Plätzchen, or The Art of Baking German Christmas Cookies

21 Nov

The furniture is in place, internet hooked up, and boxes unpacked (or almost…).  We have arrived in our new place just in time for Christmas.  With a brand new oven to break in, I have spent the weekend getting into the holiday spirit with some baking!

What exactly are Plätzchen?

Plätzchen simply translates in English to Christmas cookies.  They are a German holiday tradition, and they come in all different shapes and sizes. There are many different Plätzchen recipes out there.  Nuremberg is famous for its Lebkuchen, a type of gingerbread cookie.  Actually, nuts and spices are the basis for many Plätzchen recipes.  Even so, Germany takes the art of Christmas cookies far beyond basic ginger bread.

Where to find German Christmas cookies?

Plätzchen can be found everywhere.  Stands have popped up around town selling different kinds of cookies, and bakeries have added colorful packages of them to their counters.  Supermarkets have even been selling the industrial variety since as early as October.

However, if you’re like me and enjoy baking, the homemade variety is definitely the way to go! Recipes abound in cooking magazines, and holiday cookie cutters can be found in stores and markets.  I tried two basic recipes this weekend: Zimtsterne (cinnamon stars) and Vanillekipferln (vanilla cookies in a half moon/croissant shape).

Tips

Zimtsterne cookies have a meringue type icing, made from egg white and powdered sugar.  If you try these, the trick is to keep a constant eye on your oven.  The preparation time is fairly long, because you have to let the dough chill for 8 hours in the fridge, and then let the cookies dry overnight once you’ve painted the icing onto them.  However, cooking time is quite short, and if you leave your cookies too long, the beautiful white icing will quickly turn brown!  If you have a hot oven, you might need to reduce a recipe’s temperature and/or cooking time.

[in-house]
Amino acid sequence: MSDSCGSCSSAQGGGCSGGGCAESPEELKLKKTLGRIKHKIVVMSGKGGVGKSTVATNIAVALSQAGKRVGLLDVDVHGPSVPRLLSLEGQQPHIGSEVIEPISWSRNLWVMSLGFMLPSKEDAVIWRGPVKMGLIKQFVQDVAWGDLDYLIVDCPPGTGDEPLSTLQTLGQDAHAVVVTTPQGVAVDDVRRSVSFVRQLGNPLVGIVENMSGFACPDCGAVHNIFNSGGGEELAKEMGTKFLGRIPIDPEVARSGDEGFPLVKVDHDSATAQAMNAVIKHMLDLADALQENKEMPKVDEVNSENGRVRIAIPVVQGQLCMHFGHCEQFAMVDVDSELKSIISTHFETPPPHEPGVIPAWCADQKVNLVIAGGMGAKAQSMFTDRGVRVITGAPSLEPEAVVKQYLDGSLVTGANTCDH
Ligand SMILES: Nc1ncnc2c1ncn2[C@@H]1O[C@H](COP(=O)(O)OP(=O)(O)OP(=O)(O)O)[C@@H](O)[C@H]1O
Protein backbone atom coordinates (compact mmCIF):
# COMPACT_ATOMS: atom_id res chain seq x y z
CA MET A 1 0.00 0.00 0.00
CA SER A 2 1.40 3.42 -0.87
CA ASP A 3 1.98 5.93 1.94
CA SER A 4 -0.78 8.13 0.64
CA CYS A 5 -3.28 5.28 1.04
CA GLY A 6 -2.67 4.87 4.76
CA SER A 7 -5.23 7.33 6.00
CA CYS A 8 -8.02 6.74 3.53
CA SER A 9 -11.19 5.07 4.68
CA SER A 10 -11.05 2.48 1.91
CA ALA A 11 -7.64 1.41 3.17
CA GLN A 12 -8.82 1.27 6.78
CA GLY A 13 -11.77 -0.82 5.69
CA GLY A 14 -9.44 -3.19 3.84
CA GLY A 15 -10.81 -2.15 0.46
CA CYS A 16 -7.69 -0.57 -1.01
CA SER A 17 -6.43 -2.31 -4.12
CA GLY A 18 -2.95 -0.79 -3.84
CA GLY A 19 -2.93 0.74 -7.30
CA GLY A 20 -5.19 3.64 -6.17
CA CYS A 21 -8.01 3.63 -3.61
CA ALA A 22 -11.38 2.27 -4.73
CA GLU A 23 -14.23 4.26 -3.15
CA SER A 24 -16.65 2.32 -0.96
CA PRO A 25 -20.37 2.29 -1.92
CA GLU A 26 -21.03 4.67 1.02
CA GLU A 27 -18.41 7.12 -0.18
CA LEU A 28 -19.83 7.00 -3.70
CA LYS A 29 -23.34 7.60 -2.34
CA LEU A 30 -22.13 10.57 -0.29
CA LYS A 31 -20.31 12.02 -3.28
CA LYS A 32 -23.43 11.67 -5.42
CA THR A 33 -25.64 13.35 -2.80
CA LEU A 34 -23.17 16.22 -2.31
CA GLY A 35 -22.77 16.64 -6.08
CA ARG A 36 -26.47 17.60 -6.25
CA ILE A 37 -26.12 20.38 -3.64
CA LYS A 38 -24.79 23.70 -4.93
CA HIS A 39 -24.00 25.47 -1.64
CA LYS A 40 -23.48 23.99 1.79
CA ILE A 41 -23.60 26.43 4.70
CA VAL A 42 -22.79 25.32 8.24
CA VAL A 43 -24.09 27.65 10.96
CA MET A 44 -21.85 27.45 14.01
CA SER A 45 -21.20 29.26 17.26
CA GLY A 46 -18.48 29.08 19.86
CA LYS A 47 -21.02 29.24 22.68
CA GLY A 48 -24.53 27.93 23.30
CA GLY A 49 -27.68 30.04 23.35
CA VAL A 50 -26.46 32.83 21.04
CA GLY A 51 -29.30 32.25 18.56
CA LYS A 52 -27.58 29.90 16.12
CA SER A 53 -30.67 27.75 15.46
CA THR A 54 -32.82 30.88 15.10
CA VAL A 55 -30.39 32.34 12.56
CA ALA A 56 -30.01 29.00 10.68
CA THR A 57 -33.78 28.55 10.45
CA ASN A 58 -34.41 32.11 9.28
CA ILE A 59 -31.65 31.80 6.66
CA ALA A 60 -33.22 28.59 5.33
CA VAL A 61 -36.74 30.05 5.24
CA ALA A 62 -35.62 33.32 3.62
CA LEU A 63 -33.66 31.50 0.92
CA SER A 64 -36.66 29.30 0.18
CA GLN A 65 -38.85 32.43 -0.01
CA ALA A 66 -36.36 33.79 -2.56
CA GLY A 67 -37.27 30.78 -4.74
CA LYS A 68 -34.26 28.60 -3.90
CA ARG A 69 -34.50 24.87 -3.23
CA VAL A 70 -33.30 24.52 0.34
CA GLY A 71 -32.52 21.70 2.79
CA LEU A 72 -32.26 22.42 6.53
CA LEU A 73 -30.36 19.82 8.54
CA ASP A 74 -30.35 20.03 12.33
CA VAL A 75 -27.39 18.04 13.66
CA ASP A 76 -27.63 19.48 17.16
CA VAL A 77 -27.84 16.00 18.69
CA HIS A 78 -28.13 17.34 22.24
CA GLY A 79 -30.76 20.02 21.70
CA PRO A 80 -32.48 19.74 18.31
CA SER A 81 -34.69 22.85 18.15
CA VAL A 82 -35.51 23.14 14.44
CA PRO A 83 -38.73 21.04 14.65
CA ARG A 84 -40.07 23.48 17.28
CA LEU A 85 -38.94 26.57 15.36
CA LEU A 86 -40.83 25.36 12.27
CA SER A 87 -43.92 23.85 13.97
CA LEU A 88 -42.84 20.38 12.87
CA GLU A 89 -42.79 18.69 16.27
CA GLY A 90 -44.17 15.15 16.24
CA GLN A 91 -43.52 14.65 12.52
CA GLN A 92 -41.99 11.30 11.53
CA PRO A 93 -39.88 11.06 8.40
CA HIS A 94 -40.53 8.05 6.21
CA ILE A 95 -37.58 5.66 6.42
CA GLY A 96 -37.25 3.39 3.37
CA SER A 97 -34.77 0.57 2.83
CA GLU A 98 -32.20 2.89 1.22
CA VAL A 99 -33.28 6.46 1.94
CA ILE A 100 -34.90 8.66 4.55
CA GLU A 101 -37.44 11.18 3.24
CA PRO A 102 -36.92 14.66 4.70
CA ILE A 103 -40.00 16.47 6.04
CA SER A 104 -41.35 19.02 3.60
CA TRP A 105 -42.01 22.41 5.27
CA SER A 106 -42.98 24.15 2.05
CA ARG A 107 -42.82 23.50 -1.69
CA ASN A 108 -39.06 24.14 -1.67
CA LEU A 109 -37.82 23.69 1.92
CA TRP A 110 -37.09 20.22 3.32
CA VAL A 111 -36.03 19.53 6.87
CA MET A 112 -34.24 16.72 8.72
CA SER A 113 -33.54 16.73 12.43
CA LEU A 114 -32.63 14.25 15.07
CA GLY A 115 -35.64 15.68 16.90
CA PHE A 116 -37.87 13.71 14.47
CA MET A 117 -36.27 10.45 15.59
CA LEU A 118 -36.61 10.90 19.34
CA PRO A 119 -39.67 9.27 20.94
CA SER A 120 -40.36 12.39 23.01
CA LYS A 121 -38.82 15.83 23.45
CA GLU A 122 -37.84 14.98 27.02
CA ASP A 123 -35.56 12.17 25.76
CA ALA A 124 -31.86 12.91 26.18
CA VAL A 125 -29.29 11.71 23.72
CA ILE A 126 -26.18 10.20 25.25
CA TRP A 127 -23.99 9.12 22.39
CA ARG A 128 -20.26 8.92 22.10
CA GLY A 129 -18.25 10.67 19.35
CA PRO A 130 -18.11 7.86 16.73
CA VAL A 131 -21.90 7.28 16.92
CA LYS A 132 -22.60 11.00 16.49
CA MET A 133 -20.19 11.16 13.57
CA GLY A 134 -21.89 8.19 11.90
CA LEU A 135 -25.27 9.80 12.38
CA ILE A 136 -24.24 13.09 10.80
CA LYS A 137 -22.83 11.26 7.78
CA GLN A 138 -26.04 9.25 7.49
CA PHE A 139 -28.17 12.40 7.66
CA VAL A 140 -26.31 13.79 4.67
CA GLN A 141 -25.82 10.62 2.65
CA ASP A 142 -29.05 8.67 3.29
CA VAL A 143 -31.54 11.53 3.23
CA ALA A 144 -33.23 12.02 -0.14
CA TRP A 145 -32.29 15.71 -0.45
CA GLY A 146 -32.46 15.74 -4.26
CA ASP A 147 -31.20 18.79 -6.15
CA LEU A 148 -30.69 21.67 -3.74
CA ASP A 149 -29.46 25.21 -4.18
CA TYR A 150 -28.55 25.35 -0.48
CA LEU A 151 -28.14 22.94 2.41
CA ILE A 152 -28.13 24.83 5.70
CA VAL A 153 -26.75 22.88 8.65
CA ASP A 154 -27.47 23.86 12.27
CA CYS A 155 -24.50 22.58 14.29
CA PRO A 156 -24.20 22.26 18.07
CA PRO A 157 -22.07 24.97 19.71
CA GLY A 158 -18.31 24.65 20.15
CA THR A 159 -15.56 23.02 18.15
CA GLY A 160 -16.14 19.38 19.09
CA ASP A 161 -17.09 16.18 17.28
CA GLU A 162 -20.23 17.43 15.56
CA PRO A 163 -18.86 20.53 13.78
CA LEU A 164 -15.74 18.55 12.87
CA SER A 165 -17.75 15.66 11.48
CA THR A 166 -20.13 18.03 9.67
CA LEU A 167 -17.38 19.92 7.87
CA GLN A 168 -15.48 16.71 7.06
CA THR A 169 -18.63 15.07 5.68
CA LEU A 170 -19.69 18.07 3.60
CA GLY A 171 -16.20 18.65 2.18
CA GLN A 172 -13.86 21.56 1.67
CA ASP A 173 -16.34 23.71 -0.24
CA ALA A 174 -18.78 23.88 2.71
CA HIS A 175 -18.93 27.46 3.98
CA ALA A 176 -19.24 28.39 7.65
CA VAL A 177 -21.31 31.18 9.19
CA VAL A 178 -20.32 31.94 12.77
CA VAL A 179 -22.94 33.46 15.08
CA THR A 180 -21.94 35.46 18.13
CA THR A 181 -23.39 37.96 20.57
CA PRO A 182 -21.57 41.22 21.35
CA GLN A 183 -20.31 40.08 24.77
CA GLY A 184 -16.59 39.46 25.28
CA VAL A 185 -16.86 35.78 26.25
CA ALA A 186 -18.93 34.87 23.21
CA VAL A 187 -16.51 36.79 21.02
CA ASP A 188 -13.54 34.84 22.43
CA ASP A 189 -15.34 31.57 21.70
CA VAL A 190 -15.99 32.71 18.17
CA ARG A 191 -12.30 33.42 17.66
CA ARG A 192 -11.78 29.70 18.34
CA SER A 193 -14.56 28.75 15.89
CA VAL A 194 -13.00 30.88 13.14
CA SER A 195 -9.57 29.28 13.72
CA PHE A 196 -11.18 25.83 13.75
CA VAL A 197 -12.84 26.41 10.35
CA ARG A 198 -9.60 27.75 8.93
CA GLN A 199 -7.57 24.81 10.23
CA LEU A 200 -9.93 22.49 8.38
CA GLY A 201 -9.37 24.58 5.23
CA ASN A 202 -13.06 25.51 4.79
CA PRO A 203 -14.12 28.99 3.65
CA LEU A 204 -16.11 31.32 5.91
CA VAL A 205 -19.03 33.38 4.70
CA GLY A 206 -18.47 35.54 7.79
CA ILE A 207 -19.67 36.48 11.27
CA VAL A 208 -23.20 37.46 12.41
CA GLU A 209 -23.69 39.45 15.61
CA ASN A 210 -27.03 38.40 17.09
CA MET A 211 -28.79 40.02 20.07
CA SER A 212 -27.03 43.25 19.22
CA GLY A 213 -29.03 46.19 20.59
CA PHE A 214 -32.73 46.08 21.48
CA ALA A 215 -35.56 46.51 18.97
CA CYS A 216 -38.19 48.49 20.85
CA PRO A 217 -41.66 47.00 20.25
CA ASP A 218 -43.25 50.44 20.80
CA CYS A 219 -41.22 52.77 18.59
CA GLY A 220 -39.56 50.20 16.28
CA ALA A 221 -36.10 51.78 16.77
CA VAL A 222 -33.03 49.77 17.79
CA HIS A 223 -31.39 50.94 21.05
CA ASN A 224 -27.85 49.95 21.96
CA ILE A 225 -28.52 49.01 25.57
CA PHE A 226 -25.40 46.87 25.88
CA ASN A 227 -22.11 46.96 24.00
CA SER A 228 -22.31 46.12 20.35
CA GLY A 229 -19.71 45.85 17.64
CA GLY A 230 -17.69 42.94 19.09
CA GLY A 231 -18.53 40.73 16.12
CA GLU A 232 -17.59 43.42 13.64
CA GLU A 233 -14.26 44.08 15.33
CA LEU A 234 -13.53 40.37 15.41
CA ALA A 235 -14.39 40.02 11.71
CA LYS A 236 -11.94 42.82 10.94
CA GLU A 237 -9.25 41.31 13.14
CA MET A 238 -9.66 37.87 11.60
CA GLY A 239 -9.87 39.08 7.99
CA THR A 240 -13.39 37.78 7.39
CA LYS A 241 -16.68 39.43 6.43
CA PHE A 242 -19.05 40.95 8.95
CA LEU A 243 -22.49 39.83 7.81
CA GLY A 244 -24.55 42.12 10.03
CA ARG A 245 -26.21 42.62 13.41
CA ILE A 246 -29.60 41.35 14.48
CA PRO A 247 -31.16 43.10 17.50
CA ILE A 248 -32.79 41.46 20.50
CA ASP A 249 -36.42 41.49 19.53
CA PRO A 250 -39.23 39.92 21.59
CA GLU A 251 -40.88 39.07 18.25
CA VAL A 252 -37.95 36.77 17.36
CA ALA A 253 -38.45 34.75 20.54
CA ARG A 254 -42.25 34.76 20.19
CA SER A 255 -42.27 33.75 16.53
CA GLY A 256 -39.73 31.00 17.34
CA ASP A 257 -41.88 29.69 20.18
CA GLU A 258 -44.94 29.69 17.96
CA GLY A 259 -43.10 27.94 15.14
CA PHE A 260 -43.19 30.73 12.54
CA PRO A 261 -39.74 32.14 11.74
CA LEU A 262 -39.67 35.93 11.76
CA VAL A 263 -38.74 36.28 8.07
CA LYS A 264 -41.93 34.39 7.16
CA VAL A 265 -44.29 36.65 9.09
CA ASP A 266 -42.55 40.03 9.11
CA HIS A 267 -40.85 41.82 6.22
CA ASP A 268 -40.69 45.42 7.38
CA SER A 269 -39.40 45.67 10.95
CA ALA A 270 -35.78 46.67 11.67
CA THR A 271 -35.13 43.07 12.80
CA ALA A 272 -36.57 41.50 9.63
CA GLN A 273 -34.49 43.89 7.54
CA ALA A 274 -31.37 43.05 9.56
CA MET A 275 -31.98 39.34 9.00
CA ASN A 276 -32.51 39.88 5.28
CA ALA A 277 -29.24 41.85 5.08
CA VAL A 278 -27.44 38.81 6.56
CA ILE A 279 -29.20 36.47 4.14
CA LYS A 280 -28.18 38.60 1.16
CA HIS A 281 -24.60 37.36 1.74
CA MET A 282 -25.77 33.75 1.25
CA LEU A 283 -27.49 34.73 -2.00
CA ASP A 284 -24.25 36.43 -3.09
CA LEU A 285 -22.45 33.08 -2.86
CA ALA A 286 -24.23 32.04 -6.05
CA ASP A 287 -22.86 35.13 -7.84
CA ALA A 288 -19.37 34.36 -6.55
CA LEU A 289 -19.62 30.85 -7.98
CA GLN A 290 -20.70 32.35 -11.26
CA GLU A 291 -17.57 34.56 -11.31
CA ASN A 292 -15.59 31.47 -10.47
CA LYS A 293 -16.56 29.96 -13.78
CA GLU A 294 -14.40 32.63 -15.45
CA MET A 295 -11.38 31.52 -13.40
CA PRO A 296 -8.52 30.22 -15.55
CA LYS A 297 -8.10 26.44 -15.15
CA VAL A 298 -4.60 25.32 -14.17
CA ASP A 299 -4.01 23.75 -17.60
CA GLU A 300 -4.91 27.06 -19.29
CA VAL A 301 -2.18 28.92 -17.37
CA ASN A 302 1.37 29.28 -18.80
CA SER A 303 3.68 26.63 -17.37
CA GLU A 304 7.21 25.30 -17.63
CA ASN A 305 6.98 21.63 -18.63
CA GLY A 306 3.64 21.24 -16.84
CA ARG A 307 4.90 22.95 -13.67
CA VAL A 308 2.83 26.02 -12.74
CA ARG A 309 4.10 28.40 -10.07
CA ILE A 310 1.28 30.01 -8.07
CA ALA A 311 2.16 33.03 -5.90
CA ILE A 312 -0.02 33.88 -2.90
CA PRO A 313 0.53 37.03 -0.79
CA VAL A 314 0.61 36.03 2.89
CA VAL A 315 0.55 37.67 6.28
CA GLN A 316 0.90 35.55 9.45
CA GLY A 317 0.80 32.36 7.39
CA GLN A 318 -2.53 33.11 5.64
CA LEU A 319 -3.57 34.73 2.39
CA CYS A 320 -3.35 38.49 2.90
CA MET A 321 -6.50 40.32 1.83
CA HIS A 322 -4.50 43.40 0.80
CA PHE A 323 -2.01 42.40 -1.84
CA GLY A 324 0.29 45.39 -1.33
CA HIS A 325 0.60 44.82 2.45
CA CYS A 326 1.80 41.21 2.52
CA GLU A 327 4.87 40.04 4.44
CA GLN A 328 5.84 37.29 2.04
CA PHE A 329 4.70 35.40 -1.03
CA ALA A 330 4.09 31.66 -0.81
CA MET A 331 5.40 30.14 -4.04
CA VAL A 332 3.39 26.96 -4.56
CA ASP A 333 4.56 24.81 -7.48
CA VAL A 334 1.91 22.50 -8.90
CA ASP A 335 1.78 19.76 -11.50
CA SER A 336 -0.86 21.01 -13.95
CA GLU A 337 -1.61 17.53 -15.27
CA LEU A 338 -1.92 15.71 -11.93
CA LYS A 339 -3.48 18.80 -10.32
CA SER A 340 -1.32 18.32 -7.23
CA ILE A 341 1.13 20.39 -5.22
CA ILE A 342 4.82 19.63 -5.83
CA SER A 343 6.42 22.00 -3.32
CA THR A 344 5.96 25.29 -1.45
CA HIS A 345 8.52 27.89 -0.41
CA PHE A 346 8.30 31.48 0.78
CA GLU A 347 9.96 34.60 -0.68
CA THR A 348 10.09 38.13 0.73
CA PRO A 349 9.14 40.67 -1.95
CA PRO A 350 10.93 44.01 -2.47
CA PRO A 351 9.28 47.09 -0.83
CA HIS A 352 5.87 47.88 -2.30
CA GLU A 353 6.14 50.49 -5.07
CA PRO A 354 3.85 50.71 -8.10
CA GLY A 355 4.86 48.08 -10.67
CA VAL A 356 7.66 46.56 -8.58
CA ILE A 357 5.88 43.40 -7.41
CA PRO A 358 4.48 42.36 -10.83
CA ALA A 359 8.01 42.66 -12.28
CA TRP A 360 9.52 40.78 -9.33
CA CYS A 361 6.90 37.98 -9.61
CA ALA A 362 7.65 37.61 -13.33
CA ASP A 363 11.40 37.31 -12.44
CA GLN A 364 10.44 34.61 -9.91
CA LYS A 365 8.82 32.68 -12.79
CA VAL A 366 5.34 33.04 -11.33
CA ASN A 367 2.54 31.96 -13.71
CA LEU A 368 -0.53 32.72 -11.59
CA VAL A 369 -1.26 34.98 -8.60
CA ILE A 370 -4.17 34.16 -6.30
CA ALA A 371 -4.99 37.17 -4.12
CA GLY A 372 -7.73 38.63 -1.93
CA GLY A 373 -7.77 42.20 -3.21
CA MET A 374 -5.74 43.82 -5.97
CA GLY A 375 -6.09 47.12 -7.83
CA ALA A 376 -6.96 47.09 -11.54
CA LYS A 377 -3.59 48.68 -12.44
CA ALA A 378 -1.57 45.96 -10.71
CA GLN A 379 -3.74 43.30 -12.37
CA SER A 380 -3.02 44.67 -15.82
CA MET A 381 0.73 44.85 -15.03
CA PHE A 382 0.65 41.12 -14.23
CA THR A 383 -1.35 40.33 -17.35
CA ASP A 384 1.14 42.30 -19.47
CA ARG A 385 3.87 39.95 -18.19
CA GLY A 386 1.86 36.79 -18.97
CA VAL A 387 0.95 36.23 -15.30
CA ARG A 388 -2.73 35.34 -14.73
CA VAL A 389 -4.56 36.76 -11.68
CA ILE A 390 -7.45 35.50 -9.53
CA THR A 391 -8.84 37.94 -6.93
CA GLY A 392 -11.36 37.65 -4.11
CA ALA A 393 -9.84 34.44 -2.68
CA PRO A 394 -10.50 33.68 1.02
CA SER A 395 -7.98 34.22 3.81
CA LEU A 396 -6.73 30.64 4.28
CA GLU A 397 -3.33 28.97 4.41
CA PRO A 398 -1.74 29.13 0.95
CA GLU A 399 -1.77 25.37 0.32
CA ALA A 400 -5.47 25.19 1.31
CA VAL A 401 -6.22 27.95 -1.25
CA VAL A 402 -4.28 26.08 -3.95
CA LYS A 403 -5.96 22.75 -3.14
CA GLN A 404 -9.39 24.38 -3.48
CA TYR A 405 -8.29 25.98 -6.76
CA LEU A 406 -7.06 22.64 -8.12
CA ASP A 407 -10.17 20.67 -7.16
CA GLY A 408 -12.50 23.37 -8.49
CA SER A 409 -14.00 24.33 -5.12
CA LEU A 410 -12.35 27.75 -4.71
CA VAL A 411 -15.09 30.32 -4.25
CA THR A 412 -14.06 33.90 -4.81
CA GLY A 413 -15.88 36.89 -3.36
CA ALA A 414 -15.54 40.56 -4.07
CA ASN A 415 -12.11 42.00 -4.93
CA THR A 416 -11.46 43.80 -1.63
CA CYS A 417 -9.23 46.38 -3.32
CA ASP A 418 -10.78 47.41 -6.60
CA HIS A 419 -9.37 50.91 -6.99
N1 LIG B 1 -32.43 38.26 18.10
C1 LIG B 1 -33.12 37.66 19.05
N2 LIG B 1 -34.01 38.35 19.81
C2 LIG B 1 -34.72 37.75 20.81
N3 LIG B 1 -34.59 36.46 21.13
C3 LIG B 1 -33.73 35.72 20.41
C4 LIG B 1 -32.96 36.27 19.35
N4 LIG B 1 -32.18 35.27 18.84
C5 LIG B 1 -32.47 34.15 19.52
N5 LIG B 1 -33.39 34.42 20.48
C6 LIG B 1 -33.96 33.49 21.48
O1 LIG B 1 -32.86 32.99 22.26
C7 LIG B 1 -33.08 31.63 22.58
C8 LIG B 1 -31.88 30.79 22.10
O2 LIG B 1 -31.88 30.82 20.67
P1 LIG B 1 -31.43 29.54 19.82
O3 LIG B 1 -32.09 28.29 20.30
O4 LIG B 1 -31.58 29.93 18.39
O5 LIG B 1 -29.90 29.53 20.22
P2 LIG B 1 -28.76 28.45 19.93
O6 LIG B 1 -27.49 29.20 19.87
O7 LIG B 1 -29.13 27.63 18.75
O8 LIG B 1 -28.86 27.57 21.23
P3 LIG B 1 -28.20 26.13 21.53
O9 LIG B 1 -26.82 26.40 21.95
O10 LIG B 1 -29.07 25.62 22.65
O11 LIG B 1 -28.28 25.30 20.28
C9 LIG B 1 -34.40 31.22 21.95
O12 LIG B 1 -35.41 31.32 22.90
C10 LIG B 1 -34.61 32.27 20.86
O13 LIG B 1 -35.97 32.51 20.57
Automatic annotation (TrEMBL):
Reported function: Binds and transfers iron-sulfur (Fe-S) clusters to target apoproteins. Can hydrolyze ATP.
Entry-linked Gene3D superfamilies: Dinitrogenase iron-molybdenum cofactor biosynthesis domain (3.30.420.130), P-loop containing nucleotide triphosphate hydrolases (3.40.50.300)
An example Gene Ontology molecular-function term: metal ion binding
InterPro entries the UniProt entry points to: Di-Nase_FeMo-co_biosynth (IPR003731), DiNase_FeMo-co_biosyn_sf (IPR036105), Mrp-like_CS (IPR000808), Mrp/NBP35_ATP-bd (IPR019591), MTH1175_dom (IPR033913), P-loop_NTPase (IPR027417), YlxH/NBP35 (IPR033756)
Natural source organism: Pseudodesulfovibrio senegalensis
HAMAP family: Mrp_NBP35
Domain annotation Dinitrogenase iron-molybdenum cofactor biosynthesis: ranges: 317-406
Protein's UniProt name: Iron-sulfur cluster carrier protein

If you try making Vanillekipferln, be patient when shaping the dough.  It is fairly brittle and not always very easy to work with.  Also, the powdered sugar/vanilla bean coating tends to stick better if the cookies are still warm but not just out of the oven.  I’d suggest letting them sit about 5 minutes before coating them.

 

Homemade "Vanillekipferln"

 

 

Homemade "Zimtsterne"

 

 

Advertisements

One Response to “Plätzchen, or The Art of Baking German Christmas Cookies”

  1. Karl November 21, 2010 at 11:08 pm #

    wow !

    the cookies look good !!

Leave a Reply

Fill in your details below or click an icon to log in:

WordPress.com Logo

You are commenting using your WordPress.com account. Log Out / Change )

Twitter picture

You are commenting using your Twitter account. Log Out / Change )

Facebook photo

You are commenting using your Facebook account. Log Out / Change )

Google+ photo

You are commenting using your Google+ account. Log Out / Change )

Connecting to %s

%d bloggers like this: